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Prohibition Never Ended

The 21st amendment to the U.S. Constitution replaced one form of "intoxicating liquor" prohibition with another.

18th Amendment
Passed by Congress December 18, 1917. Ratified January 16, 1919

The manufacture, sale, or transportation of intoxicating liquors within, the importation thereof into, or the exportation thereof from the United States and all territory subject to the jurisdiction thereof for beverage purposes is hereby prohibited.

21st Amendment
Passed by Congress February 20, 1933. Ratified December 5, 1933

The eighteenth article of amendment to the Constitution of the United States is hereby repealed. The transportation or importation into any State, Territory, or Possession of the United States for delivery or use therein of intoxicating liquors, in violation of the laws thereof, is hereby prohibited.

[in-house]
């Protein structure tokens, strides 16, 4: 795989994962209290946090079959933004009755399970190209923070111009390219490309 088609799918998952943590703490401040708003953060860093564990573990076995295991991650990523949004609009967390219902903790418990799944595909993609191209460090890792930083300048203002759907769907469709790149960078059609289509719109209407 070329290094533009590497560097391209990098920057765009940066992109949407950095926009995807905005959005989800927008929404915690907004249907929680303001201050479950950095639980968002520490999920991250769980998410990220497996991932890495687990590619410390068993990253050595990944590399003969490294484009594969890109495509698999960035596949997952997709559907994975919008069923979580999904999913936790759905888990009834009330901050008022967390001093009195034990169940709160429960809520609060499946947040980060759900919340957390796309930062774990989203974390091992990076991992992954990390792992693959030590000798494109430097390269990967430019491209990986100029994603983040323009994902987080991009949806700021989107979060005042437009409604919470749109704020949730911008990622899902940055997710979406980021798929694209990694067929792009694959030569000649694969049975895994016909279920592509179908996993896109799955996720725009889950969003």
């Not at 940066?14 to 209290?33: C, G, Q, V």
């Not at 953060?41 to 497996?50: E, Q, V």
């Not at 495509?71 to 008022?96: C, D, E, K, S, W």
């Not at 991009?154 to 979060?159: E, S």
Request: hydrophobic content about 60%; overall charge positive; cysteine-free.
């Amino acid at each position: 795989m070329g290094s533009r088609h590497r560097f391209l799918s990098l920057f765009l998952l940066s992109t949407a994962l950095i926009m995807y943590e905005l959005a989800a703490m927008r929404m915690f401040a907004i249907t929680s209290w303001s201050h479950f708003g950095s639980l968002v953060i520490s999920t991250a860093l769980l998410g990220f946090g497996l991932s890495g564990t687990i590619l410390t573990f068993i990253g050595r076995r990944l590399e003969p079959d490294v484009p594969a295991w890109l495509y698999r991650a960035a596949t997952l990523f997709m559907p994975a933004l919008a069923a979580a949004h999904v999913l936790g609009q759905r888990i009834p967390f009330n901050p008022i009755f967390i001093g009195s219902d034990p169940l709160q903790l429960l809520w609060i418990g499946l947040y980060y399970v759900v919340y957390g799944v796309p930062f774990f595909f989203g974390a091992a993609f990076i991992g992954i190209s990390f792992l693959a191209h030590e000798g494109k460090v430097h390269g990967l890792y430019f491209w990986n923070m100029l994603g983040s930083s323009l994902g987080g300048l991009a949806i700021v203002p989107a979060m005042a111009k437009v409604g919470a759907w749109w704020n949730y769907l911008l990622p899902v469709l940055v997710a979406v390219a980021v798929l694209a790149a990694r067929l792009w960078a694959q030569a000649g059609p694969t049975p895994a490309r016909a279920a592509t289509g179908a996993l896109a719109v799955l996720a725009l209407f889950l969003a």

The Eighteenth Amendment was passed with good intentions. It had broad support from Christians who longed to turn America into a "no-sin zone," if you will. However, alcohol prohibition produced nothing but disaster. By the early 1930s, alcohol was more abundant and dangerous than ever, and crime had skyrocketed.—Addicted to the Drug War

The 13th Amendment follows a similar pattern when it outlaws all forms of slavery except one, which it explicitely legalizes: Slavery Never Ended